Ubuntu 21.04 Testing Week

Hirsute Hippo” is the project code-name for what will become Ubuntu 21.04 when it releases on April 22nd 2021.

On April 1st, the Beta of Ubuntu Hirsute will be released, but we’re no fools! This is a great time to do some testing!

So, starting on April 1st, we’re doing another Ubuntu Testing Week.

Testing week

As always, everyone is welcome to test Ubuntu at any point in the year. But during the beta is a good time to focus on testing.

The images will be (relatively) stable, and should (largely) represent what the final release will look like. That’s subject to change though, of course.

What to do


I made some videos a while back showing what to do, they’re still valid.

We have some documentation!

Pick a flavour

The Ubuntu project has a diverse community of flavours. Each ISO image needs a good spread of testing. I personally find it’s fun to test flavours that I don’t use often. Partly to see what’s new, but also because a fresh pair of eyes and fingers sometimes discover sharp corners that regular users miss, or are used to.

In no particular order, they are:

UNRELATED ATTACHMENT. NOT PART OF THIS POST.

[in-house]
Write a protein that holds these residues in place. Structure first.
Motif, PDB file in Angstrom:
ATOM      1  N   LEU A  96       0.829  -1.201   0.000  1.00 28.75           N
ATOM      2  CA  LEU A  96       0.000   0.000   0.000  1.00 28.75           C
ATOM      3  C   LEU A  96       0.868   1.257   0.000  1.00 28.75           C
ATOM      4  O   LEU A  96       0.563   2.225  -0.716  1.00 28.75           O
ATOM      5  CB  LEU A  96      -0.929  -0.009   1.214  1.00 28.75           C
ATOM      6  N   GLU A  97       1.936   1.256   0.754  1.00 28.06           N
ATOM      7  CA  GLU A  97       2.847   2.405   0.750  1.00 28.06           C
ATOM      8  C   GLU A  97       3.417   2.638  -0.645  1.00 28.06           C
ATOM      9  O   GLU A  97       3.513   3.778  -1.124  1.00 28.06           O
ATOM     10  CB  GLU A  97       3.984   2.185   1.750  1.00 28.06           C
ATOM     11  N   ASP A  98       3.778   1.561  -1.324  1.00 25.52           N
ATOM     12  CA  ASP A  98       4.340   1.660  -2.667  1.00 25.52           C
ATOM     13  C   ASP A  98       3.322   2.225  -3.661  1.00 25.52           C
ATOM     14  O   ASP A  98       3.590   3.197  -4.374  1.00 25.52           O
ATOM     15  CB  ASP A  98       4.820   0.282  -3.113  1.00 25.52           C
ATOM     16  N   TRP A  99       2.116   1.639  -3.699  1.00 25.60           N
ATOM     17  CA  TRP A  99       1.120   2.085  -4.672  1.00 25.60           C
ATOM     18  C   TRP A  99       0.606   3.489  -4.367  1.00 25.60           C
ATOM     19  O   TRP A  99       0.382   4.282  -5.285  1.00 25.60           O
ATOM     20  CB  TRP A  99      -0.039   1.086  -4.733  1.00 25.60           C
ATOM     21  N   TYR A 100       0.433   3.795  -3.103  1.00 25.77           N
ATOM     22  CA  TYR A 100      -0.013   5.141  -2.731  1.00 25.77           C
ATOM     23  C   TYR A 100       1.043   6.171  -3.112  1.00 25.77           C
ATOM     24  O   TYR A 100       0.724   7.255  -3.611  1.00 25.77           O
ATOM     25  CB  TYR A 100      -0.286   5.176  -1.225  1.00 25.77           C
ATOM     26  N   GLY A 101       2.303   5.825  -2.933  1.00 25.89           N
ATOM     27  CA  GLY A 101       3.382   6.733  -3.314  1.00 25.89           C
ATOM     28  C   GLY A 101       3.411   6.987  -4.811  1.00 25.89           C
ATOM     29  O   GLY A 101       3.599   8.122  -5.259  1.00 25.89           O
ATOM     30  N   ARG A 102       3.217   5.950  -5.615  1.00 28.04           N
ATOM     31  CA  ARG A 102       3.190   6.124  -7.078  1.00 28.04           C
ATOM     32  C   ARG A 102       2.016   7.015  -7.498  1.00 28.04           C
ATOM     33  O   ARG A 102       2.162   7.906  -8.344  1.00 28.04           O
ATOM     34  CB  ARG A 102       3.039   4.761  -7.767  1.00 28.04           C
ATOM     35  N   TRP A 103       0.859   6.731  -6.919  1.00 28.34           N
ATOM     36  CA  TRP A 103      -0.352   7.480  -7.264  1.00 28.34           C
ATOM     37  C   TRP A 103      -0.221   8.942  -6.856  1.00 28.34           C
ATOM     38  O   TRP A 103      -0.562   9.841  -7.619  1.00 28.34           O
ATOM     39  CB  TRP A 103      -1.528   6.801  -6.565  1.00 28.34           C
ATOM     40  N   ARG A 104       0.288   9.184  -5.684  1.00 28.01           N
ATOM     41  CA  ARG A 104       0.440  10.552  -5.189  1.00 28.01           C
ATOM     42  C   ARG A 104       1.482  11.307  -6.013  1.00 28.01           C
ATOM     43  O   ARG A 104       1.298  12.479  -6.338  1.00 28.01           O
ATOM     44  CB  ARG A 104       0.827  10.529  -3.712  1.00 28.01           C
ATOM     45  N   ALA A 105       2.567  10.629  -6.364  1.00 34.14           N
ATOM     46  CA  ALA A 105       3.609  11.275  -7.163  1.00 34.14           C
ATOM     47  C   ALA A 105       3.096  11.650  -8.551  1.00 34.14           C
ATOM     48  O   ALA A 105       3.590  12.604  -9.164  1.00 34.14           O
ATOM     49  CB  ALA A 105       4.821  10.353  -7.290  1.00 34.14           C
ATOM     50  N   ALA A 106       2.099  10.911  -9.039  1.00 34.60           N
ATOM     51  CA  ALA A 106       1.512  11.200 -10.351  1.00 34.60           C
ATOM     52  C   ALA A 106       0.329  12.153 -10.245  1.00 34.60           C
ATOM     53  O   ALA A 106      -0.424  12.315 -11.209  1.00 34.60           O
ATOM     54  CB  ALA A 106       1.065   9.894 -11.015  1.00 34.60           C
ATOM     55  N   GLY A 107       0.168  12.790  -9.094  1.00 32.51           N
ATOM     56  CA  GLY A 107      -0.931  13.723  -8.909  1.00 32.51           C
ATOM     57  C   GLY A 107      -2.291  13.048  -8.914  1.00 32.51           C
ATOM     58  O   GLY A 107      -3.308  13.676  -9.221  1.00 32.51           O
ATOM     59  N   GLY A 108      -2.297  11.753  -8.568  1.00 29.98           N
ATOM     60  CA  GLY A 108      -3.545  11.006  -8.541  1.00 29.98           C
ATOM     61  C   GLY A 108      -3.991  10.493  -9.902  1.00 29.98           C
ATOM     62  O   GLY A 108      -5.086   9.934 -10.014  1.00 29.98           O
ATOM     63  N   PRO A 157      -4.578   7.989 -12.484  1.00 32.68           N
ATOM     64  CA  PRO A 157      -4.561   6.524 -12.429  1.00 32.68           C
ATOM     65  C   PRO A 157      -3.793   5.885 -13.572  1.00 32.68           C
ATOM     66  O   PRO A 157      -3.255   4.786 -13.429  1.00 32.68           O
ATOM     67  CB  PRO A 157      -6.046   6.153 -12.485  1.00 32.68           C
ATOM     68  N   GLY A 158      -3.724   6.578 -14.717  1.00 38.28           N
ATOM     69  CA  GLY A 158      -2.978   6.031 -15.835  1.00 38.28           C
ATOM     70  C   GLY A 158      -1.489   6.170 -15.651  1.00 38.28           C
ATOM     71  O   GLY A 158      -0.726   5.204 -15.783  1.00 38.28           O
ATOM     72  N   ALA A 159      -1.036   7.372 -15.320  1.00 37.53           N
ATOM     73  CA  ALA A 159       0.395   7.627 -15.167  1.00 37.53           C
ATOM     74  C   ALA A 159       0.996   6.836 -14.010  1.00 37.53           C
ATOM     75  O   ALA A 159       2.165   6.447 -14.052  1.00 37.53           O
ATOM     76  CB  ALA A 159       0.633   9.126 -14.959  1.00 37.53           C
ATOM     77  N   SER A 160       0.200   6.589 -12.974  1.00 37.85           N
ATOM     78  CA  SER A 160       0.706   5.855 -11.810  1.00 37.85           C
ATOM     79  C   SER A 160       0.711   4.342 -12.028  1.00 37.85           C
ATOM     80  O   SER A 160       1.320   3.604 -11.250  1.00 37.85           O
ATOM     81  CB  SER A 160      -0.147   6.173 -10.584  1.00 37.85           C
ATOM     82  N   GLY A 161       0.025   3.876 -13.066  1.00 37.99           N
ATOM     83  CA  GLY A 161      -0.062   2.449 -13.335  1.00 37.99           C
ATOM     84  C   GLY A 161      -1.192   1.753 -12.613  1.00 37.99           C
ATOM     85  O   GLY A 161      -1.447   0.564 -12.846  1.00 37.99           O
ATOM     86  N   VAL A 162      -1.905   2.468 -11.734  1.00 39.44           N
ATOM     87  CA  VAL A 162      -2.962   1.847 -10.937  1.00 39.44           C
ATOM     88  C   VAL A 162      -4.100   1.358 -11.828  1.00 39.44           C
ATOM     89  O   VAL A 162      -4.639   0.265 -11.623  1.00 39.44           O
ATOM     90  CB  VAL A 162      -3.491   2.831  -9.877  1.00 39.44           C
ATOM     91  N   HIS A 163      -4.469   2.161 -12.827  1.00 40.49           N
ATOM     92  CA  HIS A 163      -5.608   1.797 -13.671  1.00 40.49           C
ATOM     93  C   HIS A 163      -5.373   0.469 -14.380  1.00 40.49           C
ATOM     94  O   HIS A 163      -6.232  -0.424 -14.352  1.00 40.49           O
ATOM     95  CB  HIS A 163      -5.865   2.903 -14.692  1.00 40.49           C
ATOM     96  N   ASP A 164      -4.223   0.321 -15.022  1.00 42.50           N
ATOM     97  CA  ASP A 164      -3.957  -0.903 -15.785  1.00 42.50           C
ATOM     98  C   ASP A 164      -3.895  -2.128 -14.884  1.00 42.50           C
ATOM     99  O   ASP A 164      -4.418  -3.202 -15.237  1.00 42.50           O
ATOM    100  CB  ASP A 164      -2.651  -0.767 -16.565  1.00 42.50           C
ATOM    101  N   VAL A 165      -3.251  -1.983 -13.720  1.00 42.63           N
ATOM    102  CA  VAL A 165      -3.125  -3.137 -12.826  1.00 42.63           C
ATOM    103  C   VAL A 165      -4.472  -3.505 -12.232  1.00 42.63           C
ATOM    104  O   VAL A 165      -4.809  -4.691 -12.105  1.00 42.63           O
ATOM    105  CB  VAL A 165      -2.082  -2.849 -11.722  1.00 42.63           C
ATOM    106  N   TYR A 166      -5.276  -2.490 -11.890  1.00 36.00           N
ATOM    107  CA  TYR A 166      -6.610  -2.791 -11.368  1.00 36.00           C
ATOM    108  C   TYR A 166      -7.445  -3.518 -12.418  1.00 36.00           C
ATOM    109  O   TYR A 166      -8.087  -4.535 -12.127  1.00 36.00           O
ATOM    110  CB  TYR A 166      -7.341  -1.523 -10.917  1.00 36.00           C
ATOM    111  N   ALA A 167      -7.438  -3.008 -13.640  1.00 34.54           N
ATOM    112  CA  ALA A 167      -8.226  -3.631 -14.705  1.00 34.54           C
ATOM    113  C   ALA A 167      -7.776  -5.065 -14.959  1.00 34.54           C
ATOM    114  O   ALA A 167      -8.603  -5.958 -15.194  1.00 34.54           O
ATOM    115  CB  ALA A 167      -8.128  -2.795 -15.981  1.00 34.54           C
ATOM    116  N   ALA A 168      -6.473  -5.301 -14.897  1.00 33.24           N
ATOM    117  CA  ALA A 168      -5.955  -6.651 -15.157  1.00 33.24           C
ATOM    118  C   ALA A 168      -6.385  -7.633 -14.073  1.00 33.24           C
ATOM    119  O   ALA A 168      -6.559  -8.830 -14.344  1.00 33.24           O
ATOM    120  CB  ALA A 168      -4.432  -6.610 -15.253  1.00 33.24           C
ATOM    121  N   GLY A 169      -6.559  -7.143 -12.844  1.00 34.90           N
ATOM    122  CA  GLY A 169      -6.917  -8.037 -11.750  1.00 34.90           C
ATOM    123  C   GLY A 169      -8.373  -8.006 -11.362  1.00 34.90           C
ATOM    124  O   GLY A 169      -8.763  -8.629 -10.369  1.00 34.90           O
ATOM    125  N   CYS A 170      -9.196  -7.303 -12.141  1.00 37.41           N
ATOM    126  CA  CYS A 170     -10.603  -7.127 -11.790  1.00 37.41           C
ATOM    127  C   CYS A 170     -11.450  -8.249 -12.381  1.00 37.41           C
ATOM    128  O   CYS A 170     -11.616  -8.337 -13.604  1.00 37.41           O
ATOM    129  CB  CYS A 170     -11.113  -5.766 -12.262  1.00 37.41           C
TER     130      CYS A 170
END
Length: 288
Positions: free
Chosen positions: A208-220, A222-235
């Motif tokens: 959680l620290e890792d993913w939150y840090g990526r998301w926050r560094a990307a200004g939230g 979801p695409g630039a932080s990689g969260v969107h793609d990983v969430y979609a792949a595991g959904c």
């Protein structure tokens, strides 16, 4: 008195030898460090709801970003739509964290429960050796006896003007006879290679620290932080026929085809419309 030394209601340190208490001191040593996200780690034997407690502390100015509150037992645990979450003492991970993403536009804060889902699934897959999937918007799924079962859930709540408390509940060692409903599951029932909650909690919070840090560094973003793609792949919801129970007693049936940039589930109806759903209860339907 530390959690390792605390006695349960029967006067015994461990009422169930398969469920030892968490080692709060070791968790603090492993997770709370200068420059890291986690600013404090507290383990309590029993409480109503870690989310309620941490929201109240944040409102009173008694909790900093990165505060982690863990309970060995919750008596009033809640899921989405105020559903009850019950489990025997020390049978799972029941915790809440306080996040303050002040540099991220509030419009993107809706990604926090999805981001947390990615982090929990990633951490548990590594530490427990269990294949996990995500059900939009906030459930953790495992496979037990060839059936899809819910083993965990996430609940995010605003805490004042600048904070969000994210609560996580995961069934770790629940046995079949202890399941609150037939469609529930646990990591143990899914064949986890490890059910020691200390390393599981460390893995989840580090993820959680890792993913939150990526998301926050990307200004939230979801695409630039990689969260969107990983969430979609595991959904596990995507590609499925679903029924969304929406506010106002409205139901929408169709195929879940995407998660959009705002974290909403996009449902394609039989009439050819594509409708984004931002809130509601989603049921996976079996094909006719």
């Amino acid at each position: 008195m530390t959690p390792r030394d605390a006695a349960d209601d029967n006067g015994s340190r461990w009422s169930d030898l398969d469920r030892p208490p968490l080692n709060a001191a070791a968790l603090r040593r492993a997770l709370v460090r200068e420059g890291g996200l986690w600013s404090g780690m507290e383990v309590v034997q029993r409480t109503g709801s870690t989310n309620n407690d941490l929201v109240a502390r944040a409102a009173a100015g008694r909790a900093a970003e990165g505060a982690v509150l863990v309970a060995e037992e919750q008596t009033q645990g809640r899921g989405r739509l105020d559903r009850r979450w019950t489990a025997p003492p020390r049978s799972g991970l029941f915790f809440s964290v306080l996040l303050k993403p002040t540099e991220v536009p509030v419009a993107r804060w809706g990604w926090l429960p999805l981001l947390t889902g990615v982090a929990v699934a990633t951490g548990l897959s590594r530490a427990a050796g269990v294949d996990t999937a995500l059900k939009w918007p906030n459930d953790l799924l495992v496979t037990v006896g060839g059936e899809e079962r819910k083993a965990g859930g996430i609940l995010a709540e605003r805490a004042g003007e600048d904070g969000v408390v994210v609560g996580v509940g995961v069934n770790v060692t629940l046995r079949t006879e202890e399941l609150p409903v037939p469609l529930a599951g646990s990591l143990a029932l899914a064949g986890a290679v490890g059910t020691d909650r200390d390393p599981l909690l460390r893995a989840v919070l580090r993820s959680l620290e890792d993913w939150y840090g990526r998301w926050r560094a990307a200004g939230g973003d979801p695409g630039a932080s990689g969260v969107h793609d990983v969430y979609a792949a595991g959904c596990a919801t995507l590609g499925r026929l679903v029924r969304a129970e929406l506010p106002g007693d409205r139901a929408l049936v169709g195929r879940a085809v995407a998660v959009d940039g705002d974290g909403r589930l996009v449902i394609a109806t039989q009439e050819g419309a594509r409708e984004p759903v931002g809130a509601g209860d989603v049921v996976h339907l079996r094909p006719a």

• Xubuntu
  • Kubuntu
  • Lubuntu
  • Ubuntu Budgie
  • Ubuntu MATE
  • Ubuntu Studio
  • Ubuntu Kylin
  • Ubuntu Server

Plus we have some new(er) remixes which could also do with extra eyeballs and testing.

  • Ubuntu Cinnamon Remix
  • Ubuntu Unity Remix

If you have limited time, just pick one, and test that thoroughly. If you’re not busy, grab a few and try them all out. Once you get into a rhythm of testing them, it’s pretty easy to work your way down the list and give them all a bit of love.


The ISO Tracker links to ISO images for all the supported flavours.


While the ISO downloads, join the discussion with others in IRC on #ubuntu-quality or in Telegram Ubuntu Testers. They’re a friendly bunch who always want to help others test effectively.

There’s also this discourse thread which announces the Ubuntu Testing Week.


You can install on bare metal, if you have a laptop or desktop to play with. Alternatively, use a virtual machine (VM) on top of an existing Linux install. If you’re running Windows or MacOS, you can install in a VM on those platforms too.


Follow the test cases outlined on the ISO Tracker. There’s multiple tests per ISO. We need to test the defaults used in a standard install, but there’s a bunch of other options which need validating too. So running the same install repeatedly with different options is just as valuable as running multiple flavours. It all needs testing!


You found an issue!? Great success!

Now report it! We have a walkthrough which outlines specifically how to report issues.

If you get stuck, drop by the discussion channels and ask for help!

Remember, Ubuntu Testing Week starts on April 1st! Don’t be a fool! Get testing!